House Dems Seeks DOJ Documents on White House Communications About AT&T-Time Warner Deal

Cummings, Connolly cite Sessions's refusal to address issue, Gowdy's silence on seeking info
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Rep. Elijah Cummings is concerned that President Trump may have influenced the Justice Department to sue to block the AT&T-Time Warner merger and has teamed with a fellow House Democrat to ask the Republicans in power to compel Justice to produce documents relevant to its White House interactions.

Related: DOJ Suing to Block AT&T-Time Warner Deal

Cummings, ranking member of the House Oversight Committee, has teamed with Gerry Connolly (D-Va.), ranking member of the Government Operations Subcommittee, to ask Oversight Committee chair Trey Gowdy (R-S.C.) to subpoena DOJ, triggered by a number of actions.

Per a March 1 letter obtained by Multichannel News, those actions include then-candidate Trump's statement about the proppsed deal on Oct. 22, 2016: “AT&T is buying Time Warner, and thus CNN, a deal we will not approve in my administration.”

Cummings also cited Attorney General Jeff Sessions's refusal to answer questions about whether he had discussed the merger with the White House. Sessions deferred, saying, “I am not able to comment on conversations or communications that Department of Justice top people have with top people at the White House.”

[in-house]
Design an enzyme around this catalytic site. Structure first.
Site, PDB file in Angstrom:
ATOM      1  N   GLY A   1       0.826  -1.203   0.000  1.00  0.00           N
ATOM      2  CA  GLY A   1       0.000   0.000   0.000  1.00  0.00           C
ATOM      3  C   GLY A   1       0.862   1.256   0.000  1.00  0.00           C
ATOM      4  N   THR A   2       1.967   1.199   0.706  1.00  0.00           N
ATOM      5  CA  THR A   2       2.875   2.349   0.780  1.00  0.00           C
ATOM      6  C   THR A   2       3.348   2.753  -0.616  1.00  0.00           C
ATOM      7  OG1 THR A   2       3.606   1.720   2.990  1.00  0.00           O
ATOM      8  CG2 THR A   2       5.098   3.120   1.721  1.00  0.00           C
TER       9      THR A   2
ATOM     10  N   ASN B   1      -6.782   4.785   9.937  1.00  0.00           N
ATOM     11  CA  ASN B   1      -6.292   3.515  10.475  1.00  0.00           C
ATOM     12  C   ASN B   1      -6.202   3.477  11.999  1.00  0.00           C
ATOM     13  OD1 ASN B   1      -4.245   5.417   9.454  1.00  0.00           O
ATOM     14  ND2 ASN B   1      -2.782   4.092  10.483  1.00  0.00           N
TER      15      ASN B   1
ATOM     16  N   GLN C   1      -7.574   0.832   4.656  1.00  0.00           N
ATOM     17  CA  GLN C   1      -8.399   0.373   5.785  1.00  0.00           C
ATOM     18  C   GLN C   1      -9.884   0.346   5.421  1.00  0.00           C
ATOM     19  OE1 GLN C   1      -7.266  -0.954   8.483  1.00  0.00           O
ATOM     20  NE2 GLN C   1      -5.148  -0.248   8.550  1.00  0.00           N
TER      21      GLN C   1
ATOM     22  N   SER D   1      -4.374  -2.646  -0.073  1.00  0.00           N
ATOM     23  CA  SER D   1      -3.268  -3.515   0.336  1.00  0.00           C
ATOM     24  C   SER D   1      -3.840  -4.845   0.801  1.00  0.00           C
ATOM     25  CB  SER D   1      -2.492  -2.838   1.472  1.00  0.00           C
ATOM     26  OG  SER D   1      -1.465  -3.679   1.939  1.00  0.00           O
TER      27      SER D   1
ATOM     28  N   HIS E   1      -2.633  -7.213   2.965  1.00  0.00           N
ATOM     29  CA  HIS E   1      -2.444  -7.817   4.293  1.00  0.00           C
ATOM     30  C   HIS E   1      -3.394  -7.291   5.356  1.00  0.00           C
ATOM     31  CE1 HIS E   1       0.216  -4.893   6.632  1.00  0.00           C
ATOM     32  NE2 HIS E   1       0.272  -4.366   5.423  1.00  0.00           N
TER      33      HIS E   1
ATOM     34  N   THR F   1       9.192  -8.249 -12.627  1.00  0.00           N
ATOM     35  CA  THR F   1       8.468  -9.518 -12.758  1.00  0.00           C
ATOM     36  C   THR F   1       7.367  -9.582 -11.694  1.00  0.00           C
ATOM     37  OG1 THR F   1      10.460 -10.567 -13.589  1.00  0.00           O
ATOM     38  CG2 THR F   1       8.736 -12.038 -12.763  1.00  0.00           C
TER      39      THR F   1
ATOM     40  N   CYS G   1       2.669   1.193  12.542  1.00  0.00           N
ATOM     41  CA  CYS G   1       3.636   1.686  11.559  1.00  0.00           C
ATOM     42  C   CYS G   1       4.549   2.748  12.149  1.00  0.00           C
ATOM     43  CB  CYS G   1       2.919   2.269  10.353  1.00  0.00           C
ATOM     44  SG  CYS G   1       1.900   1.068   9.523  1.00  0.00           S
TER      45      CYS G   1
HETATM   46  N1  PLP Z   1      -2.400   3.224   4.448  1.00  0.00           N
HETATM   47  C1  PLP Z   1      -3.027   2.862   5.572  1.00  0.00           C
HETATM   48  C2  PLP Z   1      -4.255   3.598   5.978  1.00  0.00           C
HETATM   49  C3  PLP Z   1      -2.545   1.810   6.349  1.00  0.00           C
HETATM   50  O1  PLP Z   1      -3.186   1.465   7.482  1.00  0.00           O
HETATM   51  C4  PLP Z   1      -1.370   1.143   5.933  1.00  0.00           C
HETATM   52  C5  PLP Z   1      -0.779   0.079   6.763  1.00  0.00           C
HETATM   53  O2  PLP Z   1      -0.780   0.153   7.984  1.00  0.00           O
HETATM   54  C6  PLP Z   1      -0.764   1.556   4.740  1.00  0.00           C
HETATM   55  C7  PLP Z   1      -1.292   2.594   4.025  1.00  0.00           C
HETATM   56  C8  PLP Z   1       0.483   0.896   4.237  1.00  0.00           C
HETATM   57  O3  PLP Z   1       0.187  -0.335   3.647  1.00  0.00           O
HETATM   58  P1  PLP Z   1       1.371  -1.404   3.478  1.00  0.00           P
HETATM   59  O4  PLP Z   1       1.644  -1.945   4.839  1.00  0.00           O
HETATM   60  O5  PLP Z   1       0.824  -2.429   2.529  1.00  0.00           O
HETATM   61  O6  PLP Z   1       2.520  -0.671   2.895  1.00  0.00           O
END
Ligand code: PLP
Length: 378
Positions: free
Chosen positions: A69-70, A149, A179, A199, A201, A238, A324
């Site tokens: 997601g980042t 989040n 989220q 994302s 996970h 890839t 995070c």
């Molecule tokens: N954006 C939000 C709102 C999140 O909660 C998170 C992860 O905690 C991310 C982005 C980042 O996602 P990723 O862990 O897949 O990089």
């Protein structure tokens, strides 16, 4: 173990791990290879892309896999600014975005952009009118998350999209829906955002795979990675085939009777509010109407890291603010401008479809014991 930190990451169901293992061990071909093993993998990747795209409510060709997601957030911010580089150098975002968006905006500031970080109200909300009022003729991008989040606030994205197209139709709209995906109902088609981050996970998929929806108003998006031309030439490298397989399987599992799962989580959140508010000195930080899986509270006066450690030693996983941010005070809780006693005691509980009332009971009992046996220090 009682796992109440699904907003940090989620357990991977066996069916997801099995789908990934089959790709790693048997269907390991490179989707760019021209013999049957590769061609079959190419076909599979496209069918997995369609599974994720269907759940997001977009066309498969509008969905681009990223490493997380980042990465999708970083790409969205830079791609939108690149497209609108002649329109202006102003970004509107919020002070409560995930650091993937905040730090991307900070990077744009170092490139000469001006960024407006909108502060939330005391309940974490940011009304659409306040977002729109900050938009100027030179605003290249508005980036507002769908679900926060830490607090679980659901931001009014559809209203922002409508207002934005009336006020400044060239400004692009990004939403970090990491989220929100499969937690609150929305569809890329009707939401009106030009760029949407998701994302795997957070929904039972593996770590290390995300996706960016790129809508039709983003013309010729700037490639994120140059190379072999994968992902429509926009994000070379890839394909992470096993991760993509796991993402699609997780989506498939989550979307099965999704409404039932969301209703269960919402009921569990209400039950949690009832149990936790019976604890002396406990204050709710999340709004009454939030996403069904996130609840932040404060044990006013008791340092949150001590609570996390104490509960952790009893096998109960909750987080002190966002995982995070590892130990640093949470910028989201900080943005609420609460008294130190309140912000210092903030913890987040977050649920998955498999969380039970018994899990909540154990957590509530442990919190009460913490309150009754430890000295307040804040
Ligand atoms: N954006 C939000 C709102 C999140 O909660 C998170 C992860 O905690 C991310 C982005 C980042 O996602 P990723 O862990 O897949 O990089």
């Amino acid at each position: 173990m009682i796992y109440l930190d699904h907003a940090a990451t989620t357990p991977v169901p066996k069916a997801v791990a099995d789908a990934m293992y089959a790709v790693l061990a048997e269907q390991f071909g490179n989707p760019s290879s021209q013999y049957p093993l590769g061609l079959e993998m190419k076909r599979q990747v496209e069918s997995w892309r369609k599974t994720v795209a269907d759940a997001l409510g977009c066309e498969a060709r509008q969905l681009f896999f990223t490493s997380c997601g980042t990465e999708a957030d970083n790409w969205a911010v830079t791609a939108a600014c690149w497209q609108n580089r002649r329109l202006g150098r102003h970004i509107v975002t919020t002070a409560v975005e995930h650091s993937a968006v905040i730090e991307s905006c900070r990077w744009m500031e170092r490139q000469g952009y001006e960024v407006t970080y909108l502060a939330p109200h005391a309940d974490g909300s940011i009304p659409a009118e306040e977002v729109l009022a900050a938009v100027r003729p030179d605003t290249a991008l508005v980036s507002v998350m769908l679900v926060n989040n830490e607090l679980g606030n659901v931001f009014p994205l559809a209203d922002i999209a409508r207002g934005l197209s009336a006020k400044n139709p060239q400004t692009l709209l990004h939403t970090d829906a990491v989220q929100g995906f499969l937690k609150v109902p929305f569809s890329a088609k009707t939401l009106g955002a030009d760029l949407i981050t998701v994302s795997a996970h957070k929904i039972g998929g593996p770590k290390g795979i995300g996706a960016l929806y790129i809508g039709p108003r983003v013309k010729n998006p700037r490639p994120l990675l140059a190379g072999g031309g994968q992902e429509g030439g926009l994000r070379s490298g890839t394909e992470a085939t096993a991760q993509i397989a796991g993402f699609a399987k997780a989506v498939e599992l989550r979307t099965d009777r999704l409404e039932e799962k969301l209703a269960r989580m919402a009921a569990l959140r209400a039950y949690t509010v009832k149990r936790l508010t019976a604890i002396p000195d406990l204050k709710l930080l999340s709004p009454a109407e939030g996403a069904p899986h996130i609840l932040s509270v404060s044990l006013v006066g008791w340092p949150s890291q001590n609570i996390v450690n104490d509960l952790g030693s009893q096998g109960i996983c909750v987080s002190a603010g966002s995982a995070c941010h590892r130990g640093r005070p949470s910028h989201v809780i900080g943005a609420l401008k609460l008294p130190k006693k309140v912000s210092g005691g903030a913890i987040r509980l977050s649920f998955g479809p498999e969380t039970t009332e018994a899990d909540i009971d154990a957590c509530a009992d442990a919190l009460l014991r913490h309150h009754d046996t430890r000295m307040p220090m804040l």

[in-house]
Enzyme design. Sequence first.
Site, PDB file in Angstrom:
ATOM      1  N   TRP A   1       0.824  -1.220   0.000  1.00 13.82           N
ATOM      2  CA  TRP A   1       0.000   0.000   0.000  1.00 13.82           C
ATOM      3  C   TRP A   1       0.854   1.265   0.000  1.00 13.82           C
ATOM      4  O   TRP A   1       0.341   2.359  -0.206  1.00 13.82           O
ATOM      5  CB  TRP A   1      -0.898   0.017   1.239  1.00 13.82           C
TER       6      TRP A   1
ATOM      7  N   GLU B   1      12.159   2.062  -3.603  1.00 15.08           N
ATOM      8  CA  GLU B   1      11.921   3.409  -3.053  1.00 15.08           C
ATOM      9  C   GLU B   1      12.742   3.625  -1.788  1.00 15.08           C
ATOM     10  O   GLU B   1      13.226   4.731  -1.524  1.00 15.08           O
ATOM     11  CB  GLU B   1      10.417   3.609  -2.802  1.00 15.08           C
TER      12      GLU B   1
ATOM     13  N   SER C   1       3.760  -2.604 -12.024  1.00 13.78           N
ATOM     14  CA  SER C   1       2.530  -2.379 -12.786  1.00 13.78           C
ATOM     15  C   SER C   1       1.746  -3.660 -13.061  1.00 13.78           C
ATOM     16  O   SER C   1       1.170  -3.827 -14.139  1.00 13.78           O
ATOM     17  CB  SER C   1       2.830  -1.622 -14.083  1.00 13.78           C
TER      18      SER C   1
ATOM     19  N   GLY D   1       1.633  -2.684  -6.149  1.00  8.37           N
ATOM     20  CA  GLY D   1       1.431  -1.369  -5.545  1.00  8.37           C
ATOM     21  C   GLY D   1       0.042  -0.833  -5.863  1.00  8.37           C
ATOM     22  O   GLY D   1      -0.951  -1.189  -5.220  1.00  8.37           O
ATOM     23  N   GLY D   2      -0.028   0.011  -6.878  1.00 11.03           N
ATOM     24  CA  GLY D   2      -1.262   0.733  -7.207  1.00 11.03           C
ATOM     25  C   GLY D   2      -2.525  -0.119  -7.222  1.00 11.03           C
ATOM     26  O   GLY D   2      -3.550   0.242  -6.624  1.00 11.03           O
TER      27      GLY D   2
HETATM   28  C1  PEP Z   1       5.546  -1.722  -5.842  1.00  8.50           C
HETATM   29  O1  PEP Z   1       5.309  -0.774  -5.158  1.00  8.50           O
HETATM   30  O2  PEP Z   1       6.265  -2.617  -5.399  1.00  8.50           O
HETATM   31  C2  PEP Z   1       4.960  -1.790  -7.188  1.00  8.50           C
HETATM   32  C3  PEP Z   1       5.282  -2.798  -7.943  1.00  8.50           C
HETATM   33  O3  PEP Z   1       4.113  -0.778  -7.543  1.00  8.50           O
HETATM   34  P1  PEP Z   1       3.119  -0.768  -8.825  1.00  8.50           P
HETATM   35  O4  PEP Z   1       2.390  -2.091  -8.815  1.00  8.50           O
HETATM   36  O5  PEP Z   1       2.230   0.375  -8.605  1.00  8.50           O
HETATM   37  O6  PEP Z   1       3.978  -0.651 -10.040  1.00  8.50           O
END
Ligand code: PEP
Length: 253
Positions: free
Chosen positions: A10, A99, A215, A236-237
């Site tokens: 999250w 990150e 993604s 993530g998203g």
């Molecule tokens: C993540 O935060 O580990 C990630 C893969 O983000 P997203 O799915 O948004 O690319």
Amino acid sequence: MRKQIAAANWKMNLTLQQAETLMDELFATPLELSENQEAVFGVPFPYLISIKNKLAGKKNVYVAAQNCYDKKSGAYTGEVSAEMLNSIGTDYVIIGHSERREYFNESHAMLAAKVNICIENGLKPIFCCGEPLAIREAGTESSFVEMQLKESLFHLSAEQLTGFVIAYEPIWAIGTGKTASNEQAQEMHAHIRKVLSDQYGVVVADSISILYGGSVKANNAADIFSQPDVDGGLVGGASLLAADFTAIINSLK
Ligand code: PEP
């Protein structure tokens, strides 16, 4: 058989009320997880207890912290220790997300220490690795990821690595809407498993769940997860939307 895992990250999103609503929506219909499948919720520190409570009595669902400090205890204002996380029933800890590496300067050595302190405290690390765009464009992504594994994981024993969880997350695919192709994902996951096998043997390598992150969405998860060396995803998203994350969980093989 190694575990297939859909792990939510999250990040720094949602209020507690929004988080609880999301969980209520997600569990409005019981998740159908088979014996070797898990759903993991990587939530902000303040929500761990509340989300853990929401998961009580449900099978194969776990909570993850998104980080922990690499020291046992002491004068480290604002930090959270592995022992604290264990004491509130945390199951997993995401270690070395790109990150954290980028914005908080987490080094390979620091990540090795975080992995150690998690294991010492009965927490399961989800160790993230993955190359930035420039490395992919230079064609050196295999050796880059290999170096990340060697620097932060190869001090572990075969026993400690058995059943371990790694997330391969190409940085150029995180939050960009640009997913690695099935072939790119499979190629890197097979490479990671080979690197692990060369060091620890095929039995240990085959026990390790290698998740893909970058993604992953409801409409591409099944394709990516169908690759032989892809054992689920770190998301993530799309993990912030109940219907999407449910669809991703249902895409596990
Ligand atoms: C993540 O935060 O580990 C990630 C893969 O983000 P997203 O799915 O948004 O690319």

Cummings and Connolly first asked for the documents in a Feb. 8 letter, but said they got no response from Gowdy.

"Our concern relates not only to President Trump’s well-known animus against CNN — Time Warner’s news organization — but also to Attorney General Jeff Sessions’ refusal to answer questions from Congress regarding his communications with the White House about this matter,” they wrote in the March 1 follow up letter seeking the subpoena. “Although we take no position on the legality of this transaction or the merits of the lawsuit itself, we believe our committee has a Constitutional obligation to investigate allegations of inappropriate political interference with Justice Department decision-making.”

Gowdy is unlikely to issue such a subpoena, a point the legislators appeared to recognize. They asked that if Gowdy did not issue the subpoena, that he at least put the matter on the agenda for the next business meeting of the committee so that members will be able to vote on a motion to subpoena.

AT&T also tried to get access to communications between the White House and DOJ as it prepared its case, but was rebuffed by presiding judge Richard Leon.

AT&T chair and CEO Randall Stephenson had said he did not think that the deal's issues at DOJ stemmed from presidential interference, but in a press conference announcing AT&T's decision to fight the suit, he also said that given the abrupt shift in antitrust approach by Justice, he didn't know whether that was the case or not.

Some Democrats who are no fans of consolidation and might have been more upbeat about the prospect of divestiture have signaled they think that Justice is challenging the deal because of the president's view that media outlets are out to delegitimize his presidency through fake news, a charge he has arguably leveled most often, and most vigorously, against Time Warner-owned CNN.

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